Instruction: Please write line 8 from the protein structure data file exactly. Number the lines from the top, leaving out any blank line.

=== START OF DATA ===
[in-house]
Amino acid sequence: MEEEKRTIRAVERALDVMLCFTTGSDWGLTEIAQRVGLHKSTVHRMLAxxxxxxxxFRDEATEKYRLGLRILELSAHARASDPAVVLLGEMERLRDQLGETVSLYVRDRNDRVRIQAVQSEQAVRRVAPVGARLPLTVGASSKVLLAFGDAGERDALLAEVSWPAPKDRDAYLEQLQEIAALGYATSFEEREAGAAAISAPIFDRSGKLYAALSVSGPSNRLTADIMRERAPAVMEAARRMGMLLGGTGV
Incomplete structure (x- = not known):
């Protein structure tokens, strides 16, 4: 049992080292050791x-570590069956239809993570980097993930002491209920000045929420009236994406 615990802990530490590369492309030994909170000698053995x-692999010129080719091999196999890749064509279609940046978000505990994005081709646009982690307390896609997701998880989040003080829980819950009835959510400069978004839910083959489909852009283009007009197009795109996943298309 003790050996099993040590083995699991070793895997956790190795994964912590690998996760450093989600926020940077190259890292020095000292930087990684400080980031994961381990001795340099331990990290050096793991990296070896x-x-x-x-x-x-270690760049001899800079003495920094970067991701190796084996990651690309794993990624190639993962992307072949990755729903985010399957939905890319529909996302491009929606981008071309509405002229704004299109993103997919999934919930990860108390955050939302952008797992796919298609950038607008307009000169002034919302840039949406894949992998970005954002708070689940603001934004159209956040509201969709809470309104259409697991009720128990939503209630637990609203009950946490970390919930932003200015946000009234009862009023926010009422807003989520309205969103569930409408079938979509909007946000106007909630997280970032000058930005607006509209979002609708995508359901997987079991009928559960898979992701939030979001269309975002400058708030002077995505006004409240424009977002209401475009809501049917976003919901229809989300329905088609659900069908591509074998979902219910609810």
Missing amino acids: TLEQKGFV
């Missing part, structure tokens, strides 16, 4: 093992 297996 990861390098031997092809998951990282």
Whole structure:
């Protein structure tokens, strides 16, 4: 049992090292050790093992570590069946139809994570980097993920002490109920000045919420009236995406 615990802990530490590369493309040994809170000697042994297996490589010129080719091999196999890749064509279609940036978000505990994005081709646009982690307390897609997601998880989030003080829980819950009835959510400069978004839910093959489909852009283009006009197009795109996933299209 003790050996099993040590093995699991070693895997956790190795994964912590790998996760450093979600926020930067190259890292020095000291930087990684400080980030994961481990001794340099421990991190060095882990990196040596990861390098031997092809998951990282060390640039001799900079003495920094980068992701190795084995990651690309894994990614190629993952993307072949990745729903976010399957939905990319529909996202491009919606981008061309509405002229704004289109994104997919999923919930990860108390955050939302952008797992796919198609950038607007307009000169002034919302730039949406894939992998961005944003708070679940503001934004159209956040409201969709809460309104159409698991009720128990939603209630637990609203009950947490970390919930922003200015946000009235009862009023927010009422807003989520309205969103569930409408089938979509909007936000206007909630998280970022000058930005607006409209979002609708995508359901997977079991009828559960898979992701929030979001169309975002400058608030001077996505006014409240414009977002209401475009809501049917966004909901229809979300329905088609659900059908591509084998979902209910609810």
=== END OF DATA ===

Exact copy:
């Protein structure tokens, strides 16, 4: 049992090292050790093992570590069946139809994570980097993920002490109920000045919420009236995406 615990802990530490590369493309040994809170000697042994297996490589010129080719091999196999890749064509279609940036978000505990994005081709646009982690307390897609997601998880989030003080829980819950009835959510400069978004839910093959489909852009283009006009197009795109996933299209 003790050996099993040590093995699991070693895997956790190795994964912590790998996760450093979600926020930067190259890292020095000291930087990684400080980030994961481990001794340099421990991190060095882990990196040596990861390098031997092809998951990282060390640039001799900079003495920094980068992701190795084995990651690309894994990614190629993952993307072949990745729903976010399957939905990319529909996202491009919606981008061309509405002229704004289109994104997919999923919930990860108390955050939302952008797992796919198609950038607007307009000169002034919302730039949406894939992998961005944003708070679940503001934004159209956040409201969709809460309104159409698991009720128990939603209630637990609203009950947490970390919930922003200015946000009235009862009023927010009422807003989520309205969103569930409408089938979509909007936000206007909630998280970022000058930005607006409209979002609708995508359901997977079991009828559960898979992701929030979001169309975002400058608030001077996505006014409240414009977002209401475009809501049917966004909901229809979300329905088609659900059908591509084998979902209910609810």